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Teaching with augmented reality – an interview with Ben Audsley

21 May 2024 Posted in: Articles By: Megan Jones

Ben Audsley and his team at the Institute of Dentistry are running a project that explores the use of augmented reality in teaching using an app called TINALP.

With the help of TELT, Ben took his proposal to the Ideas Forum, which approved funding for a 1-year pilot of the application. Ben’s team are now working on integrating TINALP into various teaching activities. We interviewed Ben to find out more for our newsletter readers who might be interested in this innovative use of technology.

What is TINALP?

TINALP is an app that can be used on various devices – VR headset, tablet, smartphone. It also has a web interface.

In TINALP you can create or download 3D models for a class. You then control how the learners see the 3D models on their device and decide if you want them to interact with the models. For example, you can ask them to take over the model of a tooth and show you where the pulp chamber is.

You can use different models in one lesson, and you can have more than one model on display at the same time. Some models you can take apart layer by layer, and then move the layers around to show different things. Think of the human body as an example – you can take the skin off, take the bones off, and take the muscles off in an interactive, live teaching session.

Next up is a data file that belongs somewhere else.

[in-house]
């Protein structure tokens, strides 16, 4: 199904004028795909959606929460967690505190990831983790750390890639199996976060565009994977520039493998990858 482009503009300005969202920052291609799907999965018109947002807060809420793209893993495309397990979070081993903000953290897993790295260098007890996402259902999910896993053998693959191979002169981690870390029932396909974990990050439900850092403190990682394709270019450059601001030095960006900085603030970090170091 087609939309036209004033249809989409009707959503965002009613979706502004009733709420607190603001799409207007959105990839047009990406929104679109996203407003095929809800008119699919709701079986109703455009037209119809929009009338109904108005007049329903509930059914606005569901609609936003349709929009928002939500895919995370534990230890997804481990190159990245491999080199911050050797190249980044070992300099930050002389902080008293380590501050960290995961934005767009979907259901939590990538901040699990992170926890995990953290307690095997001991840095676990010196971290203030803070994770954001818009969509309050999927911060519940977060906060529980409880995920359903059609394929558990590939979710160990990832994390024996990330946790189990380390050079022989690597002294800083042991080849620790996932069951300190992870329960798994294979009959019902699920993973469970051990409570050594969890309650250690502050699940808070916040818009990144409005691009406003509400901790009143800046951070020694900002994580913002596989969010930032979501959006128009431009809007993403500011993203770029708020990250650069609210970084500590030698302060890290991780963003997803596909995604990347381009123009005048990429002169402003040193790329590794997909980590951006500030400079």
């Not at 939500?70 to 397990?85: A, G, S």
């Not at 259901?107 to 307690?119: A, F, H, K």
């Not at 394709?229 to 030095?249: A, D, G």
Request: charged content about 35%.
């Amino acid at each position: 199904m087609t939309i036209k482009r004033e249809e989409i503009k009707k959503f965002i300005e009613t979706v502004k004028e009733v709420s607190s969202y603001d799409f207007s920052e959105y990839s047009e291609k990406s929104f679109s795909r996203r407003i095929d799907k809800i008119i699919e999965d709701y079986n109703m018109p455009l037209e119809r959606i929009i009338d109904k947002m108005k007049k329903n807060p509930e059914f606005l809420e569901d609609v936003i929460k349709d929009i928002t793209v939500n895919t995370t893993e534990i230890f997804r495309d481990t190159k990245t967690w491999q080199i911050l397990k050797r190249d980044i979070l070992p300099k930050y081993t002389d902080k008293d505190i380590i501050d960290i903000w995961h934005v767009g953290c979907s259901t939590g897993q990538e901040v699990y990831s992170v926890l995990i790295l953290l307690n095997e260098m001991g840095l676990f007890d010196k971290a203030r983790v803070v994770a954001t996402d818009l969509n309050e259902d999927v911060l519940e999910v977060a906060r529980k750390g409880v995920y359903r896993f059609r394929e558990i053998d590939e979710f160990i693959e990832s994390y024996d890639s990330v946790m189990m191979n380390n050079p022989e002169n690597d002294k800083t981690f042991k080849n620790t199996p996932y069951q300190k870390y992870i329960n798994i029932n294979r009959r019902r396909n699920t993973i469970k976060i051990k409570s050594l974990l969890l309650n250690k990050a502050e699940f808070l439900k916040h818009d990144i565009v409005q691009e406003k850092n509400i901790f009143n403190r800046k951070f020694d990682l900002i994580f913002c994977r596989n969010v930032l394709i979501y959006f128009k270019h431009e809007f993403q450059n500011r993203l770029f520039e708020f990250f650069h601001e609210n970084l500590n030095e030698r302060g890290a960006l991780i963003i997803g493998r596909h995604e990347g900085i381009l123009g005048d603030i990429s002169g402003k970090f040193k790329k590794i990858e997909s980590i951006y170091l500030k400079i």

Where did the idea of using VR / mixed reality come from?

I feel that a part of my job should be horizon scanning and trying to identify new technology that we can use in the future.

After COVID, we had some money to buy a HoloLens. This was the cutting-edge VR headset at the time. We initially used it for Teams meetings, but then I started thinking about using it in dentistry, such as for live surgeries. We tried live streaming a procedure in the lab but unfortunately the image stabilisation wasn’t good enough.

Wondering what to do with it, I looked at the app store. There’s an app store specifically for the HoloLens, and one of those apps was TINALP. The ability to use phones and tablets to look at the models was a real selling point for me. It would mean that we could teach in a different way.

How do you imagine this would be used in a dental lecture, either in the lab or in the lecture theatre?

Firstly, I would like to use TINALP to assist us with our haptic programme. You can export models from the haptic devices that students have worked on, or that teachers have created as a method of comparison, and then use those 3D images to review what the students are doing right or wrong. We’ve never had the ability to have reflective sessions like that.

We want to enhance the student learning experience and give them different ways of learning. I always use the anatomy example. Traditionally we teach anatomy using PowerPoint in a didactic lecture. It’s not very interactive. But if you had a 3D model of a head and neck that you can pull apart, that’s a new way of learning for our students.

What are you excited about seeing develop?

I think that it has the potential to change the way in which we teach certain topics, not only in dentistry, but across FMD and the wider university. There’s no limit to what 3D models you can upload. If you’re learning geography, you could upload 3D maps of cities. If you’re learning about chemistry and molecules, you can represent them in 3D and have students manipulate them.

What’s next?

I want to hold events for staff to become familiar with the technology and to tell us how they think it could be used in teaching. By the end of the year, we should have produced a number of case studies and enough student feedback to understand the impact and take the project forward.

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